• Dispute Resolution in Contract or Tort
  • Property Law and Practice
  • Commercial and Corporate Law and Practice
  • Will and Administration of Estates and Trusts
  • Criminal Law and Practice.

It is likely that SQE1 assessments will be a mixture of multiple-choice, research and writing questions. SQE1 must be passed in its entirety before attempting SQE2, but this is the only restriction on timings. The two years qualifying work experience can be taken at any point throughout the SQE, but the SRA expect that the majority of graduates will pass SQE1 before embarking on their main period of work experience.

It is expected that some institutions will incorporate SQE1 preparation into their law programmes or provide separate SQE1 preparatory courses for non-law graduates. Contact institutions to check whether this is something they plan to provide before applying for courses.

SQE2 is made up of five practical legal skills assessments, which must be completed across two different practice contexts, making ten examinations overall. The practice contexts are:

  • Criminal Practice
  • Dispute Resolution
  • Property
  • Wills and Administration of Estates and Trusts
  • Commercial and Corporate Practice.

For law graduates, qualifying under the new system may look something like this:

  • study for a three year law degree (which includes SQE1 preparation)
  • take SQE stage 1
  • take SQE stage 2
  • complete a two year period of qualifying legal work experience
  • satisfy the SRA's suitability and character requirements
  • qualify as a solicitor.

How will the SQE affect those already studying a law degree or LPC?

Because of the long transition period, if you start your law degree or LPC before September 2021 you'll have 11 years (until 2032) to qualify under the traditional route.

However, if you begin studying law after September 2021 the LPC will cease as a qualification route. You'll have to take the SQE and won't have the option of qualifying via the old route.

What about non-law graduates?

It's pretty much the same story for non-law graduates. If you begin to study for the GDL before September 2021 you'll be able to choose to continue down the traditional route of progressing onto the LPC and a training contract until 2032. After September 2021, the GDL will cease as a qualification route and you'll need to take an SQE1 preparation course.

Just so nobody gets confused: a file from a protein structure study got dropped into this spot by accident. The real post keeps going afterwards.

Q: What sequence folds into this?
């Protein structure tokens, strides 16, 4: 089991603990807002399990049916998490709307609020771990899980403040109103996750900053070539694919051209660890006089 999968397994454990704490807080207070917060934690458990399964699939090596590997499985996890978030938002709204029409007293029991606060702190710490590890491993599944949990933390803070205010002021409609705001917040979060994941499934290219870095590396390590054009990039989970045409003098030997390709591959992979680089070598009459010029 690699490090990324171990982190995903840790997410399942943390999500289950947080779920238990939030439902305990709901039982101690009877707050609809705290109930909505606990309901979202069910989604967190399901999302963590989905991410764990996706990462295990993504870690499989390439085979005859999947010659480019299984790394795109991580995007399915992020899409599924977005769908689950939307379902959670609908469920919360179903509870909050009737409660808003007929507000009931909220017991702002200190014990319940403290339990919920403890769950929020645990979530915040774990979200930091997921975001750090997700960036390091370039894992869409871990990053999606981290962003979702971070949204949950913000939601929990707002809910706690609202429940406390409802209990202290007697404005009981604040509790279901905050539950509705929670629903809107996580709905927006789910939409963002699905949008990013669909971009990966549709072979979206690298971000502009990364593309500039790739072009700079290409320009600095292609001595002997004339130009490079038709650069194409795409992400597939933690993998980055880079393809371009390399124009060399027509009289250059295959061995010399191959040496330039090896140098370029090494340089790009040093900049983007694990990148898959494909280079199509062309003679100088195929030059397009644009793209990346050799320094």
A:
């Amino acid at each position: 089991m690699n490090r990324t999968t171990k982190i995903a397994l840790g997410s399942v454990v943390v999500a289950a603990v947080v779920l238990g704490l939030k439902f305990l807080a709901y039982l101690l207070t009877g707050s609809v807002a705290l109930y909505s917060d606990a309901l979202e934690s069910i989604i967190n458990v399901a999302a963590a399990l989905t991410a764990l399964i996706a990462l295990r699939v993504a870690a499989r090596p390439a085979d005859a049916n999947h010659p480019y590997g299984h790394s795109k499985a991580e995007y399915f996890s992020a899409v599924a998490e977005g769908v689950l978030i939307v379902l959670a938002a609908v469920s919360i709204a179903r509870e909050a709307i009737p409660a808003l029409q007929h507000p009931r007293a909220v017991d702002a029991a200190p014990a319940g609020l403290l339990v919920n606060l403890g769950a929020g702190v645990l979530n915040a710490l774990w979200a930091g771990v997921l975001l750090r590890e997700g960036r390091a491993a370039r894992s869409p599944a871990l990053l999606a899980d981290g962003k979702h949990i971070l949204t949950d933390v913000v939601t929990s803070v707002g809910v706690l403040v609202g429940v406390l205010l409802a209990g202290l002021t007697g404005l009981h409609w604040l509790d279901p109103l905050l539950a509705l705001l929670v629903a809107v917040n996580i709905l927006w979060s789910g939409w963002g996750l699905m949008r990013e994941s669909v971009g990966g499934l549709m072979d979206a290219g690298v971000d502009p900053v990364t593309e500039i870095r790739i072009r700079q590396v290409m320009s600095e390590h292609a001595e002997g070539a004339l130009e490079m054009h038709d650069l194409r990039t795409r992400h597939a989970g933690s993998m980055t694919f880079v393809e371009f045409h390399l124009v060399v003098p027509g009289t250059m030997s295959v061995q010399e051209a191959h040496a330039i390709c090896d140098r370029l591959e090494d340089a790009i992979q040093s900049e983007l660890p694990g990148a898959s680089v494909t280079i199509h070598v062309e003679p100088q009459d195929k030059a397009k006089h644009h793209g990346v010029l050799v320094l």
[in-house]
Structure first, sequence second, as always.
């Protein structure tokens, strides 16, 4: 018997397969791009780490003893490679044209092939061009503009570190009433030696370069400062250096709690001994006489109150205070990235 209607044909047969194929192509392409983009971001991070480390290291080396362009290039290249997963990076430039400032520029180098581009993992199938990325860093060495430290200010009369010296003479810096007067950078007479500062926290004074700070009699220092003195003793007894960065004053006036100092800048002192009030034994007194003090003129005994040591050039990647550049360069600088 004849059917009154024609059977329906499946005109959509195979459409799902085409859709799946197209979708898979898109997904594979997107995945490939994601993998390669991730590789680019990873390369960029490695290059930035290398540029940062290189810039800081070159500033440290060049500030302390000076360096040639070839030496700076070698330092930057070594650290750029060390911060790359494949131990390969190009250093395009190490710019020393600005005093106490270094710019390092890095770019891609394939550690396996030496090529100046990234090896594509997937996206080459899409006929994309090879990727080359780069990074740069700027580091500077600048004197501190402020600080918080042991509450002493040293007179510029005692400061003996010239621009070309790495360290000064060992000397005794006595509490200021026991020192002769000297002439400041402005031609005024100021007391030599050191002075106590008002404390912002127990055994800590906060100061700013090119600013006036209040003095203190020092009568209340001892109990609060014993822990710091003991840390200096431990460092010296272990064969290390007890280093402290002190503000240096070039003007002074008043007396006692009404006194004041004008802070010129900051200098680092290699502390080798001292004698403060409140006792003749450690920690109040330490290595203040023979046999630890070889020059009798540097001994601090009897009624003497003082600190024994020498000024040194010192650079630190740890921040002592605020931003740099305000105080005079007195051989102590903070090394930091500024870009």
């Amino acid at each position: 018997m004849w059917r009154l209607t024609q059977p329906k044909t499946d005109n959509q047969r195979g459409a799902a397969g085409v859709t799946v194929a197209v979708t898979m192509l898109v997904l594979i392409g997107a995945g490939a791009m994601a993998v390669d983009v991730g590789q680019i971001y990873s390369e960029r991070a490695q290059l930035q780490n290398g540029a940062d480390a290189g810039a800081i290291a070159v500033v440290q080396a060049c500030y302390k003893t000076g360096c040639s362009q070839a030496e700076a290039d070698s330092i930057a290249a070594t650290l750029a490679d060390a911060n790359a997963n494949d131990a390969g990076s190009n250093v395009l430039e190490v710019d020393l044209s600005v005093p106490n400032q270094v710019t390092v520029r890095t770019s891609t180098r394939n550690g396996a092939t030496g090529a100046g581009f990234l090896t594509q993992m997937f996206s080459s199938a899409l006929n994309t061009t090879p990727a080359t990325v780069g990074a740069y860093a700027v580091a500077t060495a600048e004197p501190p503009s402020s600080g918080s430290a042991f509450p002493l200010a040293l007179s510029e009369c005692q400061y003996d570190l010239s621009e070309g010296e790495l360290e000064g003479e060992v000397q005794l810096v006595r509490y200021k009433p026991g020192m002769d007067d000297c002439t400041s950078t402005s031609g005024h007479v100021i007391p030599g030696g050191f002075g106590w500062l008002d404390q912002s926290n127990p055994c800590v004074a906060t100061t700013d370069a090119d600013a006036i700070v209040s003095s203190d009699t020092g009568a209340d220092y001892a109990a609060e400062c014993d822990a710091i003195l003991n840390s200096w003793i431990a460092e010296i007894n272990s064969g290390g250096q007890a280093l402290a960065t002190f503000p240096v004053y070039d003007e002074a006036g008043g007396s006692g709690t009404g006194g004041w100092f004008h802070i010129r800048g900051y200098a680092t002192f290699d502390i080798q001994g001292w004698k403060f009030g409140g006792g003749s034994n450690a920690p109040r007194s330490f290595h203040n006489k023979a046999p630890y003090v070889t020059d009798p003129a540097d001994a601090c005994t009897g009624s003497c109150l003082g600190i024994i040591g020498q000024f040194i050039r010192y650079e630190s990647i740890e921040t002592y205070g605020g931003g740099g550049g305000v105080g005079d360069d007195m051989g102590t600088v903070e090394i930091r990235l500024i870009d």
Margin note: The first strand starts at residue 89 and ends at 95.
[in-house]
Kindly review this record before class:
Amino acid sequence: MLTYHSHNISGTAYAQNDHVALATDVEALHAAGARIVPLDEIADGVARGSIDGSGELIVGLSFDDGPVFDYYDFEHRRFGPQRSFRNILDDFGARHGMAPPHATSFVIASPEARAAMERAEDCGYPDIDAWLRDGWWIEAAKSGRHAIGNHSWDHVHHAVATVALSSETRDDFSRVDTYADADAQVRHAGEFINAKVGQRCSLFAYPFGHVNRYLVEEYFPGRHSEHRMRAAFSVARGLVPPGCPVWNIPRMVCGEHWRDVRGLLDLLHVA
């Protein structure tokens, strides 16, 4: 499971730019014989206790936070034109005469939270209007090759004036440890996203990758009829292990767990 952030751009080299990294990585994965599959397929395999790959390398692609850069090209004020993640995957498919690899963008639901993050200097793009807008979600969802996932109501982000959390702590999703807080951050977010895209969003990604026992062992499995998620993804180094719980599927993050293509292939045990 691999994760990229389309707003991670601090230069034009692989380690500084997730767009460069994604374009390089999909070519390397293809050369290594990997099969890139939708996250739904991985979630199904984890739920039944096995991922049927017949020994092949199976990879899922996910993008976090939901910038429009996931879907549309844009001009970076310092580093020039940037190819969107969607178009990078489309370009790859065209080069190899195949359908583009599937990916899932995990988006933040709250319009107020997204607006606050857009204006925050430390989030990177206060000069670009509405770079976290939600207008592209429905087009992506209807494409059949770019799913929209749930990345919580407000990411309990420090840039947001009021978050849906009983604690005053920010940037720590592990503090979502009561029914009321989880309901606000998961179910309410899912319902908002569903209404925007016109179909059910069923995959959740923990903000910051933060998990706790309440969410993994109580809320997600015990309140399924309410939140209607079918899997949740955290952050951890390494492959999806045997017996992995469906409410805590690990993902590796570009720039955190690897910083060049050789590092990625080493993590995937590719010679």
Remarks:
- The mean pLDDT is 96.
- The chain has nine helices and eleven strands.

For non-law graduates, qualifying under the new system may look something like this:

  • study for a three-year non-law degree
  • take an SQE1 preparation course
  • sit the SQE stage 1
  • take SQE stage 2
  • complete a two year period of qualifying legal work experience
  • satisfy the SRA's suitability and character requirements
  • qualify as a solicitor.

Under the current system a formal training contract is an essential element to qualification, but it's also one of the main barriers, as placements are notoriously difficult to secure.

The SQE is designed to offer more flexibility when it comes to work experience, so aspiring solicitors won't necessarily need to do a training contract. However, it's likely that City firms will stick with the traditional training contract format.

Under the SQE route, you'll still need to do two years qualifying legal work experience, but this can be completed at a maximum of four organisations. The experience must provide you with the opportunity to develop the prescribed competencies for solicitors and be confirmed by an appropriate person, for example the Compliance Officer for Legal Practice. Formal training contracts, working as a paralegal, completing a placement as part of a sandwich degree or volunteering in a student law clinic may count towards the SQE's work experience requirements.

For example, you could complete a two-year training contract at one City law firm or, alternatively, carry out six months of pro bono work at your university law clinic and then work as a paralegal for 18 months.

How much will the SQE cost?

Recent predictions from the SRA estimate that the SQE will cost between £3,000 and £4,500.

A breakdown of the costs reveal that SQE1, testing legal knowledge through a series of computer-based assessments, will cost between £1,100 and £1,650, while fees for SQE2, which tests practical legal skills, will fall between £1,900 and £2,850.

However, the SRA have stressed that these figures are currently an estimate and could be subject to change.

Find out more